Tuesday, 30 April 2013

My favourite part of the latest Doctor Who episode was the confirmation that Clara's from Lancashire, and isn’t, as it may have seemed before, a Londoner with a really badly acted London accent. She’s the Northern companion we’ve all been waiting for. That's how she's survived dying twice; she's a tough Lancashire lass. She can prove the Doctor wrong regarding that quip in The Beast Below.

Aside from that, Steve Thompson's episode had its ups and downs. It was called Journey to the Centre of the TARDIS and didn’t do a bad job of bringing to the screen the Jules Verne sense of adventure which that title conjures up. Captured by a space salvage crew, the TARDIS took a bit of a space hit, and Clara became trapped deep in the space ship, causing the Doctor to set off the space self-destruct unless the space salvage crew space found Clara.

The infinite breadth of the TARDIS is a strange place. The majority of the audience (including my mum, as she texted me in confusion at 7:15) doesn’t realize there’s more than just the console room, but certain fans are always demanding to see more. “I want to see the swimming pool”, “why have we never seen the bowling alley”, “the BBC are morally obliged to show us the Doctor’s toilet so I can get the brand of loo roll he uses right in my fan-fic” – those kinds of fans. Occasionally, an episode comes along which tries to explore the Doctor’s ship more than usual, and these fans are usually left dissatisfied - one Tom Baker story infamously shot it in a Victorian hospital after the BBC realised they couldn't afford sets, rendering the TARDIS a little, well, bricky.

The last attempt was 2011’s The Doctor’s Wife, which, while a brilliantly spooky and touching script, fell short in actual TARDIS rooms – we saw some corridors and an old console room, but the Zero Room (look it up) was cut for time and budget reasons. Journey pulled out a few more stops, showing us the library, the Eye of Harmony, and, indeed, the swimming pool. Oh, and again, there was a hell of a lot of corridors. Despite my dislike of the current console room, it was a very well designed and lit episode; the TARDIS really felt like a dangerous labyrinth actively working against those trapped inside it.

The additional element of jeopardy was the Time Zombies stalking the infinite corridors. I’m undecided on how crap these actually were. They were sufficiently unnerving as mysterious burnt husks, and the reveal that one was from Lancashire (and also was Clara) actually surprised me and upped the stakes. But the timey-wimey explanations for how they got to be who/where/when they were… I’m not entirely convinced any of that made the remotest of sense. But it wasn’t as problematic as last week's nonsense.

Nor was this as problematic as my one major complaint about the episode – the guest cast. I never really sympathized with the Van Baalens, and that’s as much down to the writing than it is to the acting. For the episode to really grab me, the salvage crew would need to be likable, and, really, how am I meant to like a character who convinces his brother he’s an android for the lols? That’s horrible. And also stupid. And I saw it coming. In the acting department, the guy playing the older brother has to win a Doctor Who Razzie for his one mildly confused and offended expression which he made at everything, from entering a spaceship that’s bigger on the inside to being killed by a Time Zombie, via everyday conversation.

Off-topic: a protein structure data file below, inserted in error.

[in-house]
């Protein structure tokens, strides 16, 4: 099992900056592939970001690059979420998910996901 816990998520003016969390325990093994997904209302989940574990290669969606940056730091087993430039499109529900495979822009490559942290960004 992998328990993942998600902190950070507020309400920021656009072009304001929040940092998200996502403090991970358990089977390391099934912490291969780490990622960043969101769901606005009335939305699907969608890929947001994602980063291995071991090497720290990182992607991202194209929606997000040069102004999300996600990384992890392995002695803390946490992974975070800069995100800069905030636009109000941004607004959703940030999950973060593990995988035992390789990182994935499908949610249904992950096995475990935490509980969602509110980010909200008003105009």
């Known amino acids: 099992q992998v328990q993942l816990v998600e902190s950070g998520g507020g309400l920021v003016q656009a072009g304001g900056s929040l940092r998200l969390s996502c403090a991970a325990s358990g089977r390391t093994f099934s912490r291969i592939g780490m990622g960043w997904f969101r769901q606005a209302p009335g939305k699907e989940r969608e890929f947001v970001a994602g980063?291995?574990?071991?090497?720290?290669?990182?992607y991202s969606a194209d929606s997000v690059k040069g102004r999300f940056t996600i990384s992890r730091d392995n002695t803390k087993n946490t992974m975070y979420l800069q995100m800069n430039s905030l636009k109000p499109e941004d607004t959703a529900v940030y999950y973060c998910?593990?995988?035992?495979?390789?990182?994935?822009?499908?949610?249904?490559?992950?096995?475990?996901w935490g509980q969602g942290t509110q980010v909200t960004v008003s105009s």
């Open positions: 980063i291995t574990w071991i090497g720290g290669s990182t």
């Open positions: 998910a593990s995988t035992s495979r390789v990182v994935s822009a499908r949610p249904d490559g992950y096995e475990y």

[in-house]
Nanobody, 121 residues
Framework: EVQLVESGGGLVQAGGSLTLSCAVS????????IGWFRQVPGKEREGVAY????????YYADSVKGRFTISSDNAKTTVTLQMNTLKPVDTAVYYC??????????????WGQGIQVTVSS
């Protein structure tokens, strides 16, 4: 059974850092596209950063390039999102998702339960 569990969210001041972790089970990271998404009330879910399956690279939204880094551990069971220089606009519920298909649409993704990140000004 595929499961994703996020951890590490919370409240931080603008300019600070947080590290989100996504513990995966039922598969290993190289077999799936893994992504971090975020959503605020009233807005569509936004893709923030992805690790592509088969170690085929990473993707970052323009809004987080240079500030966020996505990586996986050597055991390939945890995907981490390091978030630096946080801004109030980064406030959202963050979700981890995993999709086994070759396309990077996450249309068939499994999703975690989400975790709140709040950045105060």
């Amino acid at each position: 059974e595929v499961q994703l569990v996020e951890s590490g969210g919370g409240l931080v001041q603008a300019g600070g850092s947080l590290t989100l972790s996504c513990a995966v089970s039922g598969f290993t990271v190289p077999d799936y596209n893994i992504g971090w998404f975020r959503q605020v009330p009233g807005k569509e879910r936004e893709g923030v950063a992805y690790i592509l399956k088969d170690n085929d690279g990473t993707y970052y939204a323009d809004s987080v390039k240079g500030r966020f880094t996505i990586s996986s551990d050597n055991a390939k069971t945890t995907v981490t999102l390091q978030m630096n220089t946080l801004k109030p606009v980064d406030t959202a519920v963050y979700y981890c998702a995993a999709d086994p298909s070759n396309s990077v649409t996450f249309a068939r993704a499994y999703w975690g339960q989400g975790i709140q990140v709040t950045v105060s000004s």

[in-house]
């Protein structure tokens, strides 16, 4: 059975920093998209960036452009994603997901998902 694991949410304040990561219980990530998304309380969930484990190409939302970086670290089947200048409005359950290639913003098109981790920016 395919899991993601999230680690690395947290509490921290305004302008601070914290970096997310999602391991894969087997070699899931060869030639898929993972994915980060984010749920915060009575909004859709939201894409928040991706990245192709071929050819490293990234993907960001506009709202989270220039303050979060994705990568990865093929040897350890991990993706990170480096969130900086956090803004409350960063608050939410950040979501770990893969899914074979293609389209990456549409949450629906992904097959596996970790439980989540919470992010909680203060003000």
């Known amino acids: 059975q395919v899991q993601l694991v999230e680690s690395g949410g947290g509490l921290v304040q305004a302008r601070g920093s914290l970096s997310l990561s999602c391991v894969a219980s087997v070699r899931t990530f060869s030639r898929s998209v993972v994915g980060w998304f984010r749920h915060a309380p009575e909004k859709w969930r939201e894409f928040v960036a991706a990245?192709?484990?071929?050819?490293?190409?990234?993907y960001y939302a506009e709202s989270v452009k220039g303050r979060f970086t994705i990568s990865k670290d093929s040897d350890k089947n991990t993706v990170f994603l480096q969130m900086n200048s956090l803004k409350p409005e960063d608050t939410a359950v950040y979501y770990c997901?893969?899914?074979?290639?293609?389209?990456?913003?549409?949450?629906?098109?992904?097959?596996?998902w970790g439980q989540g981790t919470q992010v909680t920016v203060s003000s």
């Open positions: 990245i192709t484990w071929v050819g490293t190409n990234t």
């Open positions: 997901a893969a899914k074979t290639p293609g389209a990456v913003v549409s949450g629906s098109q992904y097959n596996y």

On the positive side, I did like the characterisation of the Doctor in this episode. Once again, we saw the manipulative side to Matt Smith’s Doctor; the side which lies to make people follow his plan (I saw the self-destruct trick coming but loved it), the side which scares Clara more “than anything else on this TARDIS”. The tension between the two as he finally challenged her to reveal who she is, only to find as little answer as he got from Hide’s psychic, was a great development in an arc that’s really keeping my interest. However, I did expect the TARDIS’ dislike of Clara, as established in The Rings of Akhetatekeatnakanetekhaten and Hide, to come up in this episode and it seems a bit of a missed opportunity that it didn’t - that could have really upped the tension surrounding the TARDIS' hissy fit.

But overall, is Journey a good Doctor Who episode? Sadly, there are several flaws in it, particularly the guest characters, that stop it reaching the full potential of its title. It is nice to see a good range of new TARDIS rooms, and visually it’s a treat, but The Doctor’s Wife is a better all-round TARDIS-centric story. It is, however, certainly a vast improvement on Steve Thompson’s previous effort, the dire Curse of the Black Spot. And the Doctor's waistcoat looked really swank. 


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